Re-creating the appearance of visible features of
the historical structural system, such as post and beam
systems, trusses, summer beams, vigas, cast iron columns,
above-grade stone foundations, or loadbearing brick
or stone walls. Substitute materials may be used for
unexposed structural features if they were not important
to the historic significance of the building.
The interior of the Hall of the Governor's Palace in Williamsburg, Virginia,
was re-created in its entirety, including decorative
features and finishes.
Photo: Courtesy, Colonial
Re-creating a historic floor plan or interior spaces,
including the size, configuration, proportion, and relationship
of rooms and corridors; the relationship of features
to spaces; and the spaces themselves.
Duplicating the documented historic appearance of
the building's interior features and finishes, including
columns, cornices, baseboards, fireplaces and mantels,
panelling, light fixtures, hardware, and flooring; and
wallpaper, plaster, paint and finishes such as stencilling,
marbling and graining; and other decorative materials
that accented interior features and provided color,
texture, and patterning to walls, floors and ceilings.
Installing modern mechanical systems in the least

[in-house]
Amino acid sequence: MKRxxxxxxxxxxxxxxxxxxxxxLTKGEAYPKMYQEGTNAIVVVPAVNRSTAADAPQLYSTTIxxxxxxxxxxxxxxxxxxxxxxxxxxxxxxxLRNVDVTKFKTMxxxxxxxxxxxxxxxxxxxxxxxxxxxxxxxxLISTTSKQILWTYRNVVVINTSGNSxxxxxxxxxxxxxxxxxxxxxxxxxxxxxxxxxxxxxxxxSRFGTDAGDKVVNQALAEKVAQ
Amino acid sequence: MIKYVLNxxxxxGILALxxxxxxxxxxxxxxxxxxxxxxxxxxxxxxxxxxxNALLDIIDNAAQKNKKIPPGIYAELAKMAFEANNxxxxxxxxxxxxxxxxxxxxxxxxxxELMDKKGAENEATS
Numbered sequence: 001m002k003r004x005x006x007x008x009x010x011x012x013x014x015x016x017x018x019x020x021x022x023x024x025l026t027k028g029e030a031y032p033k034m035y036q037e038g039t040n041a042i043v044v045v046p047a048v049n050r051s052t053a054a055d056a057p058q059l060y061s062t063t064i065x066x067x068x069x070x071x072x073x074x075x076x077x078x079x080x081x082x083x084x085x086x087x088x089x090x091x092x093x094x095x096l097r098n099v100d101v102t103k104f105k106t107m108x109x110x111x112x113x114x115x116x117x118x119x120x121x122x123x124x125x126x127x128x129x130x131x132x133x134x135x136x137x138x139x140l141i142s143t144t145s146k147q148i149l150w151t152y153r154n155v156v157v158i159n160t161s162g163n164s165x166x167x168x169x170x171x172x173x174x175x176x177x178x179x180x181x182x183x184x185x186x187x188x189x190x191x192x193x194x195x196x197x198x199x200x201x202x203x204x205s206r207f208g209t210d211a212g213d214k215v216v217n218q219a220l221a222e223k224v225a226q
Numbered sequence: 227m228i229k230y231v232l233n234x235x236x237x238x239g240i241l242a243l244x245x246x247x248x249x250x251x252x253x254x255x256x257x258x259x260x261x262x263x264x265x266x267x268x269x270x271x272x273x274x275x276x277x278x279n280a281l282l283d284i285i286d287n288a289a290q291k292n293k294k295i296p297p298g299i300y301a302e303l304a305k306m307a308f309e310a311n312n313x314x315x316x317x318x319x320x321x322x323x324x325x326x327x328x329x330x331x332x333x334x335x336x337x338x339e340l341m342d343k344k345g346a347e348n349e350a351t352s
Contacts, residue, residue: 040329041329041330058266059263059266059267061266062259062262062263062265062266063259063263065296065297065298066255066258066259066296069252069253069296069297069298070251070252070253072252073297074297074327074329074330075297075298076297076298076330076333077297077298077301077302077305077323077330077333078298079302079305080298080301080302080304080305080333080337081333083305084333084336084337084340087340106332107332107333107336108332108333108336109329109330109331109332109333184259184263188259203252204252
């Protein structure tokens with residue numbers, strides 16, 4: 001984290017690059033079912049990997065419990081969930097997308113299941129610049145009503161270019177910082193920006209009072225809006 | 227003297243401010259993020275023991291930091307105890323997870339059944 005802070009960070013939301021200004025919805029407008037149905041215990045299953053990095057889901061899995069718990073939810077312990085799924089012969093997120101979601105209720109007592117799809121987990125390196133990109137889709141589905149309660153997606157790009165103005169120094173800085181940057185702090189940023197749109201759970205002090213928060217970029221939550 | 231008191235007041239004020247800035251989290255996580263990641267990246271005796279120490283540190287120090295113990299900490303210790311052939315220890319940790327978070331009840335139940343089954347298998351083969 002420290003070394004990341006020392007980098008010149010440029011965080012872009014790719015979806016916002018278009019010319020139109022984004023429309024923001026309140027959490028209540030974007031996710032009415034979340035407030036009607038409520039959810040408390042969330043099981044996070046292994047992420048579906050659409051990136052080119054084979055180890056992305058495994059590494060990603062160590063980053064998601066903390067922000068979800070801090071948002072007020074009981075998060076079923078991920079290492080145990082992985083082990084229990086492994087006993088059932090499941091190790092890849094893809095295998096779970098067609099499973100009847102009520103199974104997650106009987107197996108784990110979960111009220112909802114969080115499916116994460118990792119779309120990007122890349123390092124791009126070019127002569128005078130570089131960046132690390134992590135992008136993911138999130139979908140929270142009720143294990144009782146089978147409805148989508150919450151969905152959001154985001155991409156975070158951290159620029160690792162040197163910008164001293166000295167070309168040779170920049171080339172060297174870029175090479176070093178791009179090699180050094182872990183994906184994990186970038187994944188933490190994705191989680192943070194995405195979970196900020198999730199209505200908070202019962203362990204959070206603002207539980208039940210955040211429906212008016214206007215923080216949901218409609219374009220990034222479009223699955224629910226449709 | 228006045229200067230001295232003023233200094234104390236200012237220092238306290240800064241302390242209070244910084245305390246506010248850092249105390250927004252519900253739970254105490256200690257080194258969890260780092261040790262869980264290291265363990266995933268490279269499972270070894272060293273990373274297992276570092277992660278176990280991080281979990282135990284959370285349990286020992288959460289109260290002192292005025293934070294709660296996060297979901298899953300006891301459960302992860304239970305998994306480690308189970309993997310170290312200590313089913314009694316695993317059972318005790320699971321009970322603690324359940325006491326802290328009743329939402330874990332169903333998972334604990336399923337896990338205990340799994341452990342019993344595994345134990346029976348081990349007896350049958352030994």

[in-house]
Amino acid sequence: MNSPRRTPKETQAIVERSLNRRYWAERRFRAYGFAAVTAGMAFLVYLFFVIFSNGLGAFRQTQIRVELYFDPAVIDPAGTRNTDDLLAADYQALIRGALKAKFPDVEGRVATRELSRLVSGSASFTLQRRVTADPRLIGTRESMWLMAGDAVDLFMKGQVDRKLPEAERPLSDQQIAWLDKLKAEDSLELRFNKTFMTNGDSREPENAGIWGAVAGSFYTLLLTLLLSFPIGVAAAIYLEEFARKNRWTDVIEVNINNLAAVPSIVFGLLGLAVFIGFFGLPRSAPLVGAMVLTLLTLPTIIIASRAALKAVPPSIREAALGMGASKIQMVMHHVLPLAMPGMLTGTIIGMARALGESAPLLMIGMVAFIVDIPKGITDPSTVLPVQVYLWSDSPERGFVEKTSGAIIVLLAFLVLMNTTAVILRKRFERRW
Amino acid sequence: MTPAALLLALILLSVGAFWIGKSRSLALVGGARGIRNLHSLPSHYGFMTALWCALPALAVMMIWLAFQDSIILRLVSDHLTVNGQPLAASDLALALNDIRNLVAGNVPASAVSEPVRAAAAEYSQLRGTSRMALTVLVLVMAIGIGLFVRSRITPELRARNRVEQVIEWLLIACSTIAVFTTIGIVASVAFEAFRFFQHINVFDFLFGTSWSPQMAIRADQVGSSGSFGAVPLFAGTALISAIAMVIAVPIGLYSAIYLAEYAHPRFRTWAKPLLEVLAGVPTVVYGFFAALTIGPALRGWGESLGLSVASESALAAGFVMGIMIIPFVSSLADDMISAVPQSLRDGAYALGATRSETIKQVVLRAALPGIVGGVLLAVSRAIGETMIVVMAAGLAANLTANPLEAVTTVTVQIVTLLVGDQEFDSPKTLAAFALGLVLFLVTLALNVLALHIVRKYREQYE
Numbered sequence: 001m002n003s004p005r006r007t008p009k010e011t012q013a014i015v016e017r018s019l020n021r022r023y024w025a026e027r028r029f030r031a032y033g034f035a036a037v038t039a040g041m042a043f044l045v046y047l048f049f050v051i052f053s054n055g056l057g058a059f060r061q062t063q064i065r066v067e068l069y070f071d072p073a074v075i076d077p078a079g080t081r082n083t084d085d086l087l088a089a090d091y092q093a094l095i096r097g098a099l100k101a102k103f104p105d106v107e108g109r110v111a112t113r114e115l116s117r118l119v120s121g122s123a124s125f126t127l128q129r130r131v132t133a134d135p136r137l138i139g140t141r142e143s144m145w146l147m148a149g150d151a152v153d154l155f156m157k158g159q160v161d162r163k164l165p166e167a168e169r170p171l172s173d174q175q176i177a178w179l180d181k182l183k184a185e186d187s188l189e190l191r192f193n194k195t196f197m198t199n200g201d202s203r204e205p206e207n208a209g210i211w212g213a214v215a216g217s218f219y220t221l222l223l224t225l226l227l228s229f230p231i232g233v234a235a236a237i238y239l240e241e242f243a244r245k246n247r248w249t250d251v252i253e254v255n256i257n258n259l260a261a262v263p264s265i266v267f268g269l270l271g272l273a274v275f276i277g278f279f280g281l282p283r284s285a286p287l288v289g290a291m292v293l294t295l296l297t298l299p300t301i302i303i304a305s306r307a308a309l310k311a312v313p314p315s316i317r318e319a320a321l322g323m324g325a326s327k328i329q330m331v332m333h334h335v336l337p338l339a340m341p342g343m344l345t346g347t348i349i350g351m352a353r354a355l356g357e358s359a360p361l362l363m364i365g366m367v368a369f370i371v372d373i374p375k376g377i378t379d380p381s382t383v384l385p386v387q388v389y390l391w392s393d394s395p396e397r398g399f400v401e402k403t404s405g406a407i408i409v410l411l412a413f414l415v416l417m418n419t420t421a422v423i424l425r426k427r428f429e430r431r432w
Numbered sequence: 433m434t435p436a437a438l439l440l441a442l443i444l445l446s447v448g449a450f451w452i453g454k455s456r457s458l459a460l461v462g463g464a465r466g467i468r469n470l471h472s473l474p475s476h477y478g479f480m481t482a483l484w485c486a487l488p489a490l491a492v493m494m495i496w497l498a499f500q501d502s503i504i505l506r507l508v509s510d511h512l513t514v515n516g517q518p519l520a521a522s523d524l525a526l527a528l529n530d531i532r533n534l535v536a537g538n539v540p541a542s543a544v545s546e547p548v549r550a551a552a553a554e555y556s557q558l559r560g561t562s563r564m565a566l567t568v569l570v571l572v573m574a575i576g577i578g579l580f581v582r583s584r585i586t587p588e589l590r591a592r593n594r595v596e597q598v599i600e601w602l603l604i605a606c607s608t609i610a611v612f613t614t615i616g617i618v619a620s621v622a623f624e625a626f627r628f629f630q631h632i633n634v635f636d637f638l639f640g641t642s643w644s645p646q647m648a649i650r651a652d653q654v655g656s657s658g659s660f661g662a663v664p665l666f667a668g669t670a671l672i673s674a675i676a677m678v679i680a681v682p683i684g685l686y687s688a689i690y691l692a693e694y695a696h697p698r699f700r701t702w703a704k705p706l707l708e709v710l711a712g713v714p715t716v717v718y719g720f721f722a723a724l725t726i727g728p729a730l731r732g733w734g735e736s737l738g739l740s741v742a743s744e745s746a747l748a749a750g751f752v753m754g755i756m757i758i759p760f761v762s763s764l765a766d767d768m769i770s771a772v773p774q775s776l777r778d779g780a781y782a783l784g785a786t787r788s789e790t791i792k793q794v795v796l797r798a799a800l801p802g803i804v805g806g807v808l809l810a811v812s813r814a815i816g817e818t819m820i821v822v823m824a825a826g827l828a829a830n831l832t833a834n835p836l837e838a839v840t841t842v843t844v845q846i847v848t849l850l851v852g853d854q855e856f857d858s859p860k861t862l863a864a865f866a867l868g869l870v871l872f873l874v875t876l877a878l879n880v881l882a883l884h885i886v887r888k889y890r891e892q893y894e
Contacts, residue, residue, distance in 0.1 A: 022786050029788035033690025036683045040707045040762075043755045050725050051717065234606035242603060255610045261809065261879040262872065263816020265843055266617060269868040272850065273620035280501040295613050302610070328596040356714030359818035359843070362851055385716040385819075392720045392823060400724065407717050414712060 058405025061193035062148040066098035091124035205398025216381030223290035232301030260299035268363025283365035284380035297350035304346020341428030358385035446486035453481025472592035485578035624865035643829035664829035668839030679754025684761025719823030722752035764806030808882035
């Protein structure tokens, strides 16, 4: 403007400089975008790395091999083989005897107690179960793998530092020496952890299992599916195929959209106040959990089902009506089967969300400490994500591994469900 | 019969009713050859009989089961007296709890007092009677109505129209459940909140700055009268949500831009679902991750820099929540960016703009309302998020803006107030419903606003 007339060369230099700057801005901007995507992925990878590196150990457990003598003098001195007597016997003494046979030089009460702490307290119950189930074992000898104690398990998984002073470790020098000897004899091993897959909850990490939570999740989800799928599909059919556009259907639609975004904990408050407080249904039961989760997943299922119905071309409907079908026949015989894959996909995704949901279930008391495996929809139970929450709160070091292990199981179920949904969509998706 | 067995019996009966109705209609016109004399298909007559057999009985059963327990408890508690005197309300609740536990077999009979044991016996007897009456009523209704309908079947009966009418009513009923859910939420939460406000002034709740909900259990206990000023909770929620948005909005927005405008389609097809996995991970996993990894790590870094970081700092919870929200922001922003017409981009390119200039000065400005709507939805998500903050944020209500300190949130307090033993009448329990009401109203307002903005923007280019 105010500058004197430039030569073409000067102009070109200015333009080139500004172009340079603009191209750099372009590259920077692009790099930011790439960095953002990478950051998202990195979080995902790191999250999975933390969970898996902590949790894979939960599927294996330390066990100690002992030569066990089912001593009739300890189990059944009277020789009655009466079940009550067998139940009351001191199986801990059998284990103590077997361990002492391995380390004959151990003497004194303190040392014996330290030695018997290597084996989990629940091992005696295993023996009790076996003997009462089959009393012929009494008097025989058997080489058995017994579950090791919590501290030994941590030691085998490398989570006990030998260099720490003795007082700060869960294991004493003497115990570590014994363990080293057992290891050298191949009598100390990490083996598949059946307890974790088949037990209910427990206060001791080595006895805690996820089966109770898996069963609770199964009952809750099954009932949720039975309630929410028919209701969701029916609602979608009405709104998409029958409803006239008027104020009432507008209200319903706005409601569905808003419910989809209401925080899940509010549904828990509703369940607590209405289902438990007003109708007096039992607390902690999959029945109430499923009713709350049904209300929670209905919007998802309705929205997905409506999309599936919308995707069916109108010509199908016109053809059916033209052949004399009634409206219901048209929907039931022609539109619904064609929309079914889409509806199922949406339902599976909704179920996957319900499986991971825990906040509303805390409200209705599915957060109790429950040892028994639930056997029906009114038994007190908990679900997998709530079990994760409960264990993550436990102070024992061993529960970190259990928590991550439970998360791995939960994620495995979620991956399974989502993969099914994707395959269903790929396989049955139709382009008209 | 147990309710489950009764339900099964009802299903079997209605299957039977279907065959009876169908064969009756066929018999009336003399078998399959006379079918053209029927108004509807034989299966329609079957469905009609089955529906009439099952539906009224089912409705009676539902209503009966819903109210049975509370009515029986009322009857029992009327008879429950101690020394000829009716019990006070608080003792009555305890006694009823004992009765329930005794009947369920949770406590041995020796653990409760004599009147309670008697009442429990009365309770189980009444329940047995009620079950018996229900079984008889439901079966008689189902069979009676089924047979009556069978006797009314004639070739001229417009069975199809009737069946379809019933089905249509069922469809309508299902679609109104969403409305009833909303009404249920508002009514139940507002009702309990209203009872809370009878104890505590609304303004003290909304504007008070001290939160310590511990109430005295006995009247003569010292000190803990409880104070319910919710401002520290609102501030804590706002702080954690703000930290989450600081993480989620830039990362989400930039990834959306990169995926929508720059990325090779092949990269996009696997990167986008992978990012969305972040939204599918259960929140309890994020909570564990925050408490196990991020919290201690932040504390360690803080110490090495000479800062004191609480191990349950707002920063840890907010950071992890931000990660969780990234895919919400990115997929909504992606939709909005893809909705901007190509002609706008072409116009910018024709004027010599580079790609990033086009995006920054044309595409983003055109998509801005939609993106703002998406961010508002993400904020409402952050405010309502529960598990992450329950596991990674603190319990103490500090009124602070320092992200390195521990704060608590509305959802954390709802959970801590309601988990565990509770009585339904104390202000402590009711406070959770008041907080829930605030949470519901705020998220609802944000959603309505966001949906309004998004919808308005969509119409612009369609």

obtrusive way possible, while meeting user need.
Installing the vertical runs of ducts, pipes, andcables
in closets, service rooms, and wall cavities.
Installing exterior electrical and telephone cables
underground, or in the least obtrusive way possible.
Changing the documented appearance of visible features
of the structural system.
Altering the documented historic floor plan or relocating
an important interior feature such as a staircase so
that the historic relationship between the feature and
space is inaccurately depicted.
Altering the documented appearance of interior features
and finishes so that, as a result, an inaccurate depiction
of the historic building is created. For example, moving
a feature from one area of a room to another; or changing
the type or color of the finish.
Altering the historic plan or the re-created appearance
unnecessarily when installing modern mechanical systems.
Installing vertical runs in ducts, pipes, and cables
in places where they will intrude upon the historic
depiction of the building.
Attaching exterior electrical and telephone cables
to the principal elevations of the reconstructed building,
unless their existence and visibility can be documented.